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Re: [agile-usability] Re: Remote versus collocated teams.

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  • Adrian Howard
    ... Very true. There are certainly circumstances when the productivity of an individual is going to be better better/worse. It s an interesting question on how
    Message 1 of 146 , Jun 3, 2007
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      On 3 Jun 2007, at 14:37, Jon Kern wrote:

      > re: /"that co-located groups are more effective."/
      >
      > admittedly, if i took the same group of top-notch distributed people
      > that i use on a project and collocated them, we might be more
      > effective.
      > but being effective is a very personal thing... a happy developer at
      > home with the dog and kids might be more effective than one who fought
      > thru 1 hour of traffic to get to work each day. others would prefer an
      > office versus the distractions of being at home.

      Very true. There are certainly circumstances when the productivity of
      an individual is going to be better better/worse. It's an interesting
      question on how that individual affects the team as a whole.

      > but collocation in and of itself means little.
      >
      > after all, if collocation was *the* answer, why has software
      > development
      > been in such an abysmal state of low rates of success during the days
      > when collocation was most prevalent?

      I don't think anybody is trying to paint co-location as a cure for
      all ills.

      > So, holding all other variables constant and changing only the
      > collocation variable... you are more likely to get improved
      > effectiveness. at least for part of the time the team is together.

      Yup.

      > i also submit that there are much, much, much bigger factors for
      > success
      > and failure than the collocation aspect.

      Yup. Although I'd say some of those factors (e.g. closer customer
      collaboration, common code ownership, etc.) will pay off more for co-
      located teams than they will for distributed ones.

      > however, i would pit my distributed, ad hoc teams of kick-ass
      > developers
      > and architects and style of tackling projects in an agile way against
      > any collocated team. we are pretty darn effective at yielding dramatic
      > savings versus "standard cubicle dwelling" internal development teams.
      > And we leave behind the teams with lots of learning and mentorship
      > as well!
      >
      > btw: we do "collocate" at strategic times on the project.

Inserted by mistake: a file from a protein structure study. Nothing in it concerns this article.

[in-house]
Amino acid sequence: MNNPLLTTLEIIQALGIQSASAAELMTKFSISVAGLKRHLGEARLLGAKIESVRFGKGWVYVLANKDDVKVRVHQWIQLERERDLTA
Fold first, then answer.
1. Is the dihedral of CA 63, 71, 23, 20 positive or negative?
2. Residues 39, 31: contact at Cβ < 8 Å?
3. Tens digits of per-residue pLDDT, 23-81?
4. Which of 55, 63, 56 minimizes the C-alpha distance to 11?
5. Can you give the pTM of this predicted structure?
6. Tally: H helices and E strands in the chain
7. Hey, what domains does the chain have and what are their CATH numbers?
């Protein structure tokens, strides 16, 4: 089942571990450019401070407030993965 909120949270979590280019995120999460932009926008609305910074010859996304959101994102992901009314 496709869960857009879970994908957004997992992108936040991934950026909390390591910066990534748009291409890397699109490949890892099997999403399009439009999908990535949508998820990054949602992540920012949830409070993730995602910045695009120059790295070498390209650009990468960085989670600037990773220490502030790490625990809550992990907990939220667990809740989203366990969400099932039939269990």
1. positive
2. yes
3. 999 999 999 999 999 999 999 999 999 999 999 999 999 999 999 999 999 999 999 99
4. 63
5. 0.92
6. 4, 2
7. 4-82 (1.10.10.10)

> Especially in
      > the beginning stages. It is simply much more effective. And I
      > frequently
      > travel to the client sites and serve as a bit of glue and bridging for
      > the team. But being physically collocated every minute of every day is
      > not required.

      Glad it works for you!

      Just hypothetically - if you all lived in the same area do you think
      you'd co-locate? Do you think you would work better if you all did?

      Cheers,

      Adrian
    • kswaters1
      Here here Ron! Remote teamwork may be possible but it certainly isn t ideal. Close collaboration without co-location is a compromise, sometimes an essential
      Message 146 of 146 , Jul 11, 2007
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        Here here Ron! Remote teamwork may be possible but it certainly
        isn't ideal. Close collaboration without co-location is a
        compromise, sometimes an essential one, but not one you'd advocate
        as part of any methodology.

        I sometimes like to think of this in terms of new business
        startups. How many people would start a business and think, "I
        know, let's base our development teams in multiple locations and
        have the business owners of the product we're building in a
        different place to the developers." For logistical reasons, sales
        and other field-based teams maybe, for product development I think
        not.

        Kelly Waters
        http://www.allaboutagile.com


        --- In agile-usability@yahoogroups.com, Ron Jeffries
        <ronjeffries@...> wrote:
        >
        > Hello, Owen. On Sunday, June 3, 2007, at 11:01:30 PM, you wrote:
        >
        > > I realise that many people aren't in my position such that they
        would
        > > want hard facts to decide. Many are going to trust the opinions
        of other
        > > people they may think have seasoned opinions, because they
        haven't got
        > > the time or the interest to decide for themselves. However, if
        John
        > > Kern's business, as a case in point, can demonstrate that the use
        > > communications tools to facilitate a remote team discussion is
        possible,
        > > then shouldn't the Agile community be a little less hard on
        remote
        > > teaming?
        >
        > Owen, even Jon said that together would be better. Why would we
        want
        > to recommend something that wasn't the best we know?
        >
        > Ron Jeffries
        > www.XProgramming.com
        > The fact that we know more today, and are more capable today,
        > is good news about today, not bad news about yesterday.
        >
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